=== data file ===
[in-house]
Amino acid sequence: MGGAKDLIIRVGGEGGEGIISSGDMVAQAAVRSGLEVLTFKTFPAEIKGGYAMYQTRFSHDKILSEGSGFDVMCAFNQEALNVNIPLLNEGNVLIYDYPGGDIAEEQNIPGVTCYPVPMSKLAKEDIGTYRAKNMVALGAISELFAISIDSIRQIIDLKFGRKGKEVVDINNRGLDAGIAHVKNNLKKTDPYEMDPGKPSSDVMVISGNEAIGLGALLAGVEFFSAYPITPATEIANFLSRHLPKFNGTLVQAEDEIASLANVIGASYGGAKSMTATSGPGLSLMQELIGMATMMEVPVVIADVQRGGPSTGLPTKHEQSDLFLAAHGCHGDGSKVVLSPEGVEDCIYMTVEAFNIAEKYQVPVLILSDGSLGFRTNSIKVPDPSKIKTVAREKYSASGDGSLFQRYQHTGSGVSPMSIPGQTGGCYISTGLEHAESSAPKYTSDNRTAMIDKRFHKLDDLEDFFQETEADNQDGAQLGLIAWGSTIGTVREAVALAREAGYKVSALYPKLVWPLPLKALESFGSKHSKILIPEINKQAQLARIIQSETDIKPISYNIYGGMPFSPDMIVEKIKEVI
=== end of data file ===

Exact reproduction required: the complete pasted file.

[in-house]
Amino acid sequence: MGGAKDLIIRVGGEGGEGIISSGDMVAQAAVRSGLEVLTFKTFPAEIKGGYAMYQTRFSHDKILSEGSGFDVMCAFNQEALNVNIPLLNEGNVLIYDYPGGDIAEEQNIPGVTCYPVPMSKLAKEDIGTYRAKNMVALGAISELFAISIDSIRQIIDLKFGRKGKEVVDINNRGLDAGIAHVKNNLKKTDPYEMDPGKPSSDVMVISGNEAIGLGALLAGVEFFSAYPITPATEIANFLSRHLPKFNGTLVQAEDEIASLANVIGASYGGAKSMTATSGPGLSLMQELIGMATMMEVPVVIADVQRGGPSTGLPTKHEQSDLFLAAHGCHGDGSKVVLSPEGVEDCIYMTVEAFNIAEKYQVPVLILSDGSLGFRTNSIKVPDPSKIKTVAREKYSASGDGSLFQRYQHTGSGVSPMSIPGQTGGCYISTGLEHAESSAPKYTSDNRTAMIDKRFHKLDDLEDFFQETEADNQDGAQLGLIAWGSTIGTVREAVALAREAGYKVSALYPKLVWPLPLKALESFGSKHSKILIPEINKQAQLARIIQSETDIKPISYNIYGGMPFSPDMIVEKIKEVI